In the picture
published on 18 August 2021
Do you know what a supernova is? It is a phenomenon that results from the implosion of a star. When it goes out, it produces an intense light and then what seems to be a sign of birth is actually an astral swan song. With this poetic title, British actor Harry MCqueen (Hinterland, 2015) signs his second film as director.
Sam (Colin Firth) and Tusker (Stanley Tucci) have been a couple for twenty years. They embark on a journey across England, the final destination being a family reunion at a lakeside house. The trip is an opportunity for the two men to open up to each other and to confront Tusker’s early onset dementia.
Supernova is a road trip film that we would love to watch with a blanket. The bucolic images of the grey and misty English countryside are in themselves an invitation to escape, if only in reverie. This is a delicate film that treats dementia with humility and authenticity. It is the disease that is at the heart of the film, the way everyone copes with it, stoically or rebelliously; the way it changes the dynamics of a family and the impact it has on their daily lives, but also what touches the deepest part of us, fear and powerlessness in the face of the immutability of our limits. MCqueen films existence and the way the degenerative disease erodes it and gradually invades it, revealing itself in the banalities of everyday life. It is precisely in this banality that all the film’s emotional potential crystallises, as we measure the full dimension of dementia in its smallest gestures. MCqueen’s mastery and strength is to show, without voyeurism; to have avoided capitalising on an overdose of superficial drama. He knows how to film their tragic nature in things, without having to invent or accentuate it. The constant transitions between long shots in which the human depths are scrutinised and long shots in which their contingency is emphasised also have a symbolic meaning.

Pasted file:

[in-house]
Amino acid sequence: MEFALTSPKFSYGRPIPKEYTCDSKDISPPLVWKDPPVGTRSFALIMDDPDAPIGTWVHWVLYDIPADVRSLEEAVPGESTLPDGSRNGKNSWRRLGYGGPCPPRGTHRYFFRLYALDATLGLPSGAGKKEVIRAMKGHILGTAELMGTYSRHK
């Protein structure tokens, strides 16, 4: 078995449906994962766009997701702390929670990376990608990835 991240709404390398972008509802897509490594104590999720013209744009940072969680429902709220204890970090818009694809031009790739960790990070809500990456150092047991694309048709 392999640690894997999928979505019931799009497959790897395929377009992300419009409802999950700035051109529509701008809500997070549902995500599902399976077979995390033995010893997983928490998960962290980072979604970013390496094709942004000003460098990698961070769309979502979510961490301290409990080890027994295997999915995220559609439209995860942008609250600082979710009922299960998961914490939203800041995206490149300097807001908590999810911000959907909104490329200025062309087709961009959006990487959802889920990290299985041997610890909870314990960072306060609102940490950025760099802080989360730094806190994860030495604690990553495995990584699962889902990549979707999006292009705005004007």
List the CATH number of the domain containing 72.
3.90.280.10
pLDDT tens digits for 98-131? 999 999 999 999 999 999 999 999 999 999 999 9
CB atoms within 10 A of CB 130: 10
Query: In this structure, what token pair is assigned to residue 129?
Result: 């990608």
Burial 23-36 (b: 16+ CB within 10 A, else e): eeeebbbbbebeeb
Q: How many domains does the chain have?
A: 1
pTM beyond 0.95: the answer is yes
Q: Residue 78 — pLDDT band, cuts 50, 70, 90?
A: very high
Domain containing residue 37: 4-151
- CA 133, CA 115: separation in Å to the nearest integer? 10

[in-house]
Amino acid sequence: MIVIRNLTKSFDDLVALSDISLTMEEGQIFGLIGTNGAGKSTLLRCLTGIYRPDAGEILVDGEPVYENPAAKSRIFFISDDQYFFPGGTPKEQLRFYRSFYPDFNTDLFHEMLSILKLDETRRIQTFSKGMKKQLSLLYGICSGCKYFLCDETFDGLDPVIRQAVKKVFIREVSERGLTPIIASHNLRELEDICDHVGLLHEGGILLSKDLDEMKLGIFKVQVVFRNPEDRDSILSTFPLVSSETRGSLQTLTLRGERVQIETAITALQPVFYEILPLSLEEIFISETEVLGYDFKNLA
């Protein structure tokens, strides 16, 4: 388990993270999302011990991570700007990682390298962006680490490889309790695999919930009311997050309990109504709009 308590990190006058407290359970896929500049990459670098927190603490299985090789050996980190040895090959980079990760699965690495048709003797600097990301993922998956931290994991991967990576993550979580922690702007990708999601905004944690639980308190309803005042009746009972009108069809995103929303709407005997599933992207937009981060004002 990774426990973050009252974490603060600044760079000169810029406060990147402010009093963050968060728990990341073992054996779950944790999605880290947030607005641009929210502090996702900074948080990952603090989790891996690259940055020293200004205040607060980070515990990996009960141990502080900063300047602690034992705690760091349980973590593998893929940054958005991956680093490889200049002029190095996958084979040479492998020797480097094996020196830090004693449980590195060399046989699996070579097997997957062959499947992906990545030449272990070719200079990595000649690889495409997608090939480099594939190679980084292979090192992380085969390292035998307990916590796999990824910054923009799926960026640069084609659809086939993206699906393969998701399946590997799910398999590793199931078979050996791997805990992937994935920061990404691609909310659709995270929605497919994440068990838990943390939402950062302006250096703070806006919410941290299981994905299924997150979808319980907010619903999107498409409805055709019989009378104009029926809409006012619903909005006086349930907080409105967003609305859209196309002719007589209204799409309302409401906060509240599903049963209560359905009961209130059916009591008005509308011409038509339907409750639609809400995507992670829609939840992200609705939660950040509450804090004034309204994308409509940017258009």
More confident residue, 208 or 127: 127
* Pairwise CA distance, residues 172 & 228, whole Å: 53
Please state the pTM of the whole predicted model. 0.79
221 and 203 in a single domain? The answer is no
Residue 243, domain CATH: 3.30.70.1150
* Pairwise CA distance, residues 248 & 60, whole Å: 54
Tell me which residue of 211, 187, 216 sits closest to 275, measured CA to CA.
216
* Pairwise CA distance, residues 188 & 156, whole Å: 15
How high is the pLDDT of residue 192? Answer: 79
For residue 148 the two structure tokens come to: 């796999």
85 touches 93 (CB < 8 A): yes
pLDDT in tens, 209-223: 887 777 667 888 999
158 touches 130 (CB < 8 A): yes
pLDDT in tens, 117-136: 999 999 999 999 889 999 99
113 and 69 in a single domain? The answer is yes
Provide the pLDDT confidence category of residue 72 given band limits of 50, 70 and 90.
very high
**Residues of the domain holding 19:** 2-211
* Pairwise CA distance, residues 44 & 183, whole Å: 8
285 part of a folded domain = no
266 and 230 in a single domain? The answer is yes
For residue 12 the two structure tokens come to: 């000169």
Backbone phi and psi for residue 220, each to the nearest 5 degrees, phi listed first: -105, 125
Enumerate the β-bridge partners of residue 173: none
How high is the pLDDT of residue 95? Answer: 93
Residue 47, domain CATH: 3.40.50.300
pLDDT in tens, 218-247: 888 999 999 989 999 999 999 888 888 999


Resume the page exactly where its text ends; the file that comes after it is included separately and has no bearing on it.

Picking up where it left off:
What we liked most about this work is also the way in which it no longer makes homosexuality its subject. Until recently, many mainstream or more intimate films tended to focus solely on the homosexuality of the characters, erasing all other dimensions of them. Perhaps the era of “normalisation” has finally arrived, in which it is no longer necessarily political to make a gay film. Should we be happy about the “normalisation” of homosexuality, at least in cinema? However, there is still a long way to go before all other members of the LGBTQIA+ community enjoy such visibility, stripped of their mystical or alien aura. Visibility is the first step towards rights that have not yet been won for all LGBTQIA+ people, especially when they are racialised and/or precarious.
Raïssa for the RainbowHouse